Published: Dec 05 2018
There are many safety issues involved when boating. One to not take likely is the possibility of a thunderstorm at sea and dealing with the inevitable byproduct – lightning. Even boats safely moored in a marina are susceptible to the ravages of lightning and the significant damage it can cause to hulls, dock equipment, and electronics.
No matter where it strikes, lightning, and the damage it causes, are hugely unpredictable. The National Oceanic and Atmospheric Administration (NOAA) estimates that a single lightning bolt can contain more than 30 million volts of electricity — a tremendous amount of energy that must go somewhere. If not adequately protected, vessels and their passengers become the perfect target of this dangerous force of nature. Even the most advanced lightning protection system cannot guarantee that lightning will not strike.
The information and the tips below provide a basic understanding of lightning for boat owners and charterers.
Lightning is energy formed by the difference between positive and negative electric charges that strikes ground or water when the electrical potential becomes greater than the resistance of the air. The electricity conducts itself to ground or water, seeking the best conductor in the area — on the water, that is usually a vessel.
When lightning strikes a boat, it seeks the path of least resistance to water, where it becomes grounded, dissipating its energy into the water. If a sailboat is struck, the lightning typically travels down the mast, and in many cases, will fry anything attached to or near the mast, like wind instruments, TV and radio antennas, and more. Powerboats are usually struck on the VHF antenna or bimini top and can sustain hull damage, but strikes usually exit through the propellers and rudders. Electronic engine controls can also sustain damage.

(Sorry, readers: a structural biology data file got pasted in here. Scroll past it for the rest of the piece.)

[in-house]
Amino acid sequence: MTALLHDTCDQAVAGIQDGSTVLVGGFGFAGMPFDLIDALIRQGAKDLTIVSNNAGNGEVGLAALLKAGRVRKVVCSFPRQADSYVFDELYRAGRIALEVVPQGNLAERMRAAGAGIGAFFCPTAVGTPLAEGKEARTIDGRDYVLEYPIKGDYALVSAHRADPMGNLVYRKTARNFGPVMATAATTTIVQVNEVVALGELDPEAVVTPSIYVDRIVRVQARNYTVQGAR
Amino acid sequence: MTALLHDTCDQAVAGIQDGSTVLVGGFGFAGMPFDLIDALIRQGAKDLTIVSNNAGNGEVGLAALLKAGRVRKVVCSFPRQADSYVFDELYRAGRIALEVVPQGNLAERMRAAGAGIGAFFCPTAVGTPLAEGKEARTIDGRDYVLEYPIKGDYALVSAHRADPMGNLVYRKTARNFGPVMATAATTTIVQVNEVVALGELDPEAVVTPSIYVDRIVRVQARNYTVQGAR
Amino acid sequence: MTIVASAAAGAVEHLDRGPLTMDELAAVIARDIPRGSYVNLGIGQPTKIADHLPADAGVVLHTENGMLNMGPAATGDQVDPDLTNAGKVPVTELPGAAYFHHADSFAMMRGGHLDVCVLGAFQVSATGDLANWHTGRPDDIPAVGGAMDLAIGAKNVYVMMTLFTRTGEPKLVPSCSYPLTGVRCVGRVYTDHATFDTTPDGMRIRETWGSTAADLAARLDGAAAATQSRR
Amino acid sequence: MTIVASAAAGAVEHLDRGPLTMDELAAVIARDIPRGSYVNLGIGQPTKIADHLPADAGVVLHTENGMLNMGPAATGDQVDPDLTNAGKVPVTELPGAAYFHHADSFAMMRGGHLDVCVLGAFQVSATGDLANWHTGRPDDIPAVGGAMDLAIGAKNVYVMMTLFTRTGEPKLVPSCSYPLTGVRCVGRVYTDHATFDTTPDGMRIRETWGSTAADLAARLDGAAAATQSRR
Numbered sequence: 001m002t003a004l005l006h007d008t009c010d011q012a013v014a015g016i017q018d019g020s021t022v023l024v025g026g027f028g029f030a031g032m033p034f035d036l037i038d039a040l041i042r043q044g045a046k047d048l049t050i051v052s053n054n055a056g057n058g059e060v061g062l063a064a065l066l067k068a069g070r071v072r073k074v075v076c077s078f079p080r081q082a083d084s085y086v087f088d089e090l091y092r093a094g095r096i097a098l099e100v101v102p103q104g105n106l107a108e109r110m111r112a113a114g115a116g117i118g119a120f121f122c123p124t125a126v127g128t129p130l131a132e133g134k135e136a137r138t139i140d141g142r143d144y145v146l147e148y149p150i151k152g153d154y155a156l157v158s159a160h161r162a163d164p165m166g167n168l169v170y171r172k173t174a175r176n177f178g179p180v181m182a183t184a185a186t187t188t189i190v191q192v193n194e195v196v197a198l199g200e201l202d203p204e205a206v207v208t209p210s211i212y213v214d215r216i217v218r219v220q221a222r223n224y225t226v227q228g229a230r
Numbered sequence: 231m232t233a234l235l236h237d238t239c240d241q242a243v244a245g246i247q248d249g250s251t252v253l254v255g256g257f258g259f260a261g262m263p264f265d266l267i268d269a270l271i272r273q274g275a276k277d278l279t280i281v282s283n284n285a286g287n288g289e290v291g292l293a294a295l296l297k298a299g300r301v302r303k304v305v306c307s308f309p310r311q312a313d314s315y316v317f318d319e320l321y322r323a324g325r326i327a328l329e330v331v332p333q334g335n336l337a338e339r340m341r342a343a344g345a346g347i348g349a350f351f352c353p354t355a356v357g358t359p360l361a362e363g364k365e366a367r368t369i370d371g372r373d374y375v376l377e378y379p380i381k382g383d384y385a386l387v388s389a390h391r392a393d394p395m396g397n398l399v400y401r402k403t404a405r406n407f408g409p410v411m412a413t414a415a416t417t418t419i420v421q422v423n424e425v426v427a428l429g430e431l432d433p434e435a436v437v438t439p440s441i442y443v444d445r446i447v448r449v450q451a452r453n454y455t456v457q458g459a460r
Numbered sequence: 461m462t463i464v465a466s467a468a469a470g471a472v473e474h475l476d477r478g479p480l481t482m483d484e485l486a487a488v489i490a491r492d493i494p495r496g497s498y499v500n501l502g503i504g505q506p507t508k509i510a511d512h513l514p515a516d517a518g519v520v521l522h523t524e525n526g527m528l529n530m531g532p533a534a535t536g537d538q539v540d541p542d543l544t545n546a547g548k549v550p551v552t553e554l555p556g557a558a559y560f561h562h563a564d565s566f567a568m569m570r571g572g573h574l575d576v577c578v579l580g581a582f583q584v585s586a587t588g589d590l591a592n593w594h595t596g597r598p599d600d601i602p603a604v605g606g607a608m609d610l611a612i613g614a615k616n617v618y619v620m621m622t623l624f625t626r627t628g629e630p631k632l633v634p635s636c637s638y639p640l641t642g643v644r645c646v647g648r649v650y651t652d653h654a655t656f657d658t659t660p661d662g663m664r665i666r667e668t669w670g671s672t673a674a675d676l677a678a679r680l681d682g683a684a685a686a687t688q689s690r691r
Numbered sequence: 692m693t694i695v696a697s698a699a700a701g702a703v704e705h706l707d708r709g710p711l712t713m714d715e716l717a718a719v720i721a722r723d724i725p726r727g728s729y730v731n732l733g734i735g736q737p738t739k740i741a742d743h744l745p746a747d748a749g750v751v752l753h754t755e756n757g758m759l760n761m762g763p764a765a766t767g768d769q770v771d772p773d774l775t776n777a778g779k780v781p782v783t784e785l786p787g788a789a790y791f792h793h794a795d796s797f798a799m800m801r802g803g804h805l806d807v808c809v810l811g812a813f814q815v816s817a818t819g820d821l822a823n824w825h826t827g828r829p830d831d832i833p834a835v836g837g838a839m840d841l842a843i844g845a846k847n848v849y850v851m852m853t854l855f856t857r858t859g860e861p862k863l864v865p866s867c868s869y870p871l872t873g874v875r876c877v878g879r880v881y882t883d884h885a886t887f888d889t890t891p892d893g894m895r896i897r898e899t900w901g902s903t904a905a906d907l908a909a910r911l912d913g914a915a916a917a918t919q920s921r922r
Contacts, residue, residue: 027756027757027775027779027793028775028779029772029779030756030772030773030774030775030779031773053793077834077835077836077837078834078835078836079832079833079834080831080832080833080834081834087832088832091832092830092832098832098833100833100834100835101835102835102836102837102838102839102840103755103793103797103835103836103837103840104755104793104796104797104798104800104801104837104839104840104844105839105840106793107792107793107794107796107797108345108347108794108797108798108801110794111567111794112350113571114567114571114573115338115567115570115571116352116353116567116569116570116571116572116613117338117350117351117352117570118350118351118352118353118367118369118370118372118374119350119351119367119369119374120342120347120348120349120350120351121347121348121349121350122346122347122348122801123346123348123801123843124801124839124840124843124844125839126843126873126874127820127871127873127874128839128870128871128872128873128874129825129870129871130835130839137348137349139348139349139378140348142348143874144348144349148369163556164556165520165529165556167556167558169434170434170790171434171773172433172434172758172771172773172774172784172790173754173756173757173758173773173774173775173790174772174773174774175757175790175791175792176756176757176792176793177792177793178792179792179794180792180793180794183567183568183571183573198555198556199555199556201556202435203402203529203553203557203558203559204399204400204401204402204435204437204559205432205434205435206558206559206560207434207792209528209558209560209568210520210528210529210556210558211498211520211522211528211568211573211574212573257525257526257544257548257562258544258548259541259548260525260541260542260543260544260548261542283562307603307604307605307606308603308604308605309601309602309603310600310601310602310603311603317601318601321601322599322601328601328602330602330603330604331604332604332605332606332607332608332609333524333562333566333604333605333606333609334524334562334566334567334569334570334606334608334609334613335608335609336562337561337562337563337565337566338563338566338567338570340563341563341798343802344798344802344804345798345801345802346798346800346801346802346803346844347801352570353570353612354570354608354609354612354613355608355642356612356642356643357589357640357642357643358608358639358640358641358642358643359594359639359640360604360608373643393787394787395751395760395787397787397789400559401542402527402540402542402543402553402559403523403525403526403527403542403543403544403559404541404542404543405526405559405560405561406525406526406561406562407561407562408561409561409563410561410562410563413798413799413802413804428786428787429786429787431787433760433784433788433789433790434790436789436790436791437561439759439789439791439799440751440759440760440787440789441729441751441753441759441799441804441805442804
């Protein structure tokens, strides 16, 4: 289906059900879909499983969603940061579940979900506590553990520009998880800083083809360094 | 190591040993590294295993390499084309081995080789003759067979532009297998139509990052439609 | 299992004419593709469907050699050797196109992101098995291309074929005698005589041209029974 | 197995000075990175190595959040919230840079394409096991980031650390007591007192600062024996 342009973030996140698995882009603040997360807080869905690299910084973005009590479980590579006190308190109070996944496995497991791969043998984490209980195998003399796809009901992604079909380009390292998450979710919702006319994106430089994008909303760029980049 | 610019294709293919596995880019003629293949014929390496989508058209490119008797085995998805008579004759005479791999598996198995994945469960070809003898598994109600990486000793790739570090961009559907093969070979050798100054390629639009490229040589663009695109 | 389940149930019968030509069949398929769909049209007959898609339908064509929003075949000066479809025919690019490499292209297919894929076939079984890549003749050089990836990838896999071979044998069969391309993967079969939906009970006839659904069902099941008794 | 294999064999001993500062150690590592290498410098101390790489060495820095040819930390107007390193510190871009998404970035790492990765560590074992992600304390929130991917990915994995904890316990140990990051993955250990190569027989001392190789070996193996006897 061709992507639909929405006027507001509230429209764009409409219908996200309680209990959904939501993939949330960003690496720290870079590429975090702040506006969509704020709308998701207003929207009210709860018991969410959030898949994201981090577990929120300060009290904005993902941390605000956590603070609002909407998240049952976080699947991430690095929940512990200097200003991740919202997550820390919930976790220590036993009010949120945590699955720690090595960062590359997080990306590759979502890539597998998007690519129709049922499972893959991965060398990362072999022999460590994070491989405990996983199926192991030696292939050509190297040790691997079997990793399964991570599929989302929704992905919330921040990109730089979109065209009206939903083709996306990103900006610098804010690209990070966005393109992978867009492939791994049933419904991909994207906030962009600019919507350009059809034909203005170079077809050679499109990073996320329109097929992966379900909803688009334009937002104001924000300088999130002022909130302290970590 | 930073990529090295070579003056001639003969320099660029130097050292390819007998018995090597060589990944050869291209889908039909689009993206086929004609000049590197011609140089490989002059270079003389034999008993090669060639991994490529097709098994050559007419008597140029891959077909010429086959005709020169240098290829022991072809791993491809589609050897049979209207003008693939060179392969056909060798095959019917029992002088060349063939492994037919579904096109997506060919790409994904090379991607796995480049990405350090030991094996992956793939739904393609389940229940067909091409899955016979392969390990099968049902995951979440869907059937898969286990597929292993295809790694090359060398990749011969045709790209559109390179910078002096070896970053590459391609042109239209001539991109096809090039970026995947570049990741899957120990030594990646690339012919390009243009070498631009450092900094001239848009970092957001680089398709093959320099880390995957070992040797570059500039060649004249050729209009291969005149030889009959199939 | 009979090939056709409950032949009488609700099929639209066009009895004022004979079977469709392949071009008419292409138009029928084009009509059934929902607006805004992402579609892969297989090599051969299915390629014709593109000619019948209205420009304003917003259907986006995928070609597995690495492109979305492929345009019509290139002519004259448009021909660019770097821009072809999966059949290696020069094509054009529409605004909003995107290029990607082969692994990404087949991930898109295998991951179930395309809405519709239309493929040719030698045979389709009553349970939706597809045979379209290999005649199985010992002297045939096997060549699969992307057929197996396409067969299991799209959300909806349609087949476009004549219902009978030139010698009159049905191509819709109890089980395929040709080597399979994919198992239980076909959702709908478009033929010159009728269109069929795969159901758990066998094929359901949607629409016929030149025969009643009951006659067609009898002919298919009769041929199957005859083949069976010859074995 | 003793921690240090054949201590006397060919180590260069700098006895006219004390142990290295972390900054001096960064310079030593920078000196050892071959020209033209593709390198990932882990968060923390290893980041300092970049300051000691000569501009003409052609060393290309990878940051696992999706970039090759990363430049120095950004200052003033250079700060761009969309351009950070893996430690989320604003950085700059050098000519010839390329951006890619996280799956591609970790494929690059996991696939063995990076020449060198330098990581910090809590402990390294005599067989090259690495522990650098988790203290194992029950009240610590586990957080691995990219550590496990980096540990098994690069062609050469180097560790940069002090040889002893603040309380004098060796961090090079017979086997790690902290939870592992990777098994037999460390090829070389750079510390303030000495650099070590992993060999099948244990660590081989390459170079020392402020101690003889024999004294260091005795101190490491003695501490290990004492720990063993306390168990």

The extent of lightning damage is often not immediately apparent on vessels. When exiting a boat, lightning can leave via a through-hull fitting or the hull itself. Even if the strike did not damage a fitting, a small, gradual leak in the hull could go unnoticed and sink the boat hours or even days after a storm. On a boat with an effective lightning protection system, the strike follows the path of least resistance and goes to the boat's keel or grounding plate. Even if a boat does not sustain a direct hit, collateral damage to nearby vessels can occur.
The best way to defend against a lightning strike is to install a lightning protection system, which helps to conduct the electrical charge to the water without harming passengers, the vessel or equipment. The system does not prevent a strike — it merely helps to redirect the energy. A typical arrangement includes a lightning rod at the mast top or the highest point on a vessel, conductors that transmit the electrical charge from the rod, and a grounding plate on the interior of the hull that is connected to the conductors. Installing the system can be challenging — the best course is to have a professional design and install it to ensure optimum protection. To deflect or redirect a lightning strike, some imaginative sailors have installed short, medium-diameter pieces of wire to the sailboat masthead, creating sort of a whisker appearance. If this approach has been has not been proven, but a simple fact remains: no matter what sort of protection might be present, it will not prevent a lightening strike.
The most effective (and common-sense) approach to avoid lightning strikes is to not depart on a voyage if conditions or forecasts indicate thunderstorms. Some weather-related tips to keep in mind:
Stay abreast of changing local forecasts on chartplotters, cell phones, or NOAA weather broadcasts on VHF marine radio WX channels.
If underway and threatening weather approaches or if in the thick of a thunderstorm, passenger safety is the first priority. Consider these tips:
An important note: Today’s marine electronics control almost every vessel function, including engines, navigation, and communication, among others. If lightning destroys electronics or affects the vessel’s ability to move, the operator still has to be able to signal distress in situations such as a passenger injury, or if the vessel is adrift, taking on water, or on fire. Non-electronic emergency signals include flares, the orange November – Charlie distress flag, an air horn, and related gear.
Understanding the unpredictability of lightning strikes, how to protect passengers and vessels during a thunderstorm, and knowing the steps to take if a boat sustains a lightning strike can save lives and property.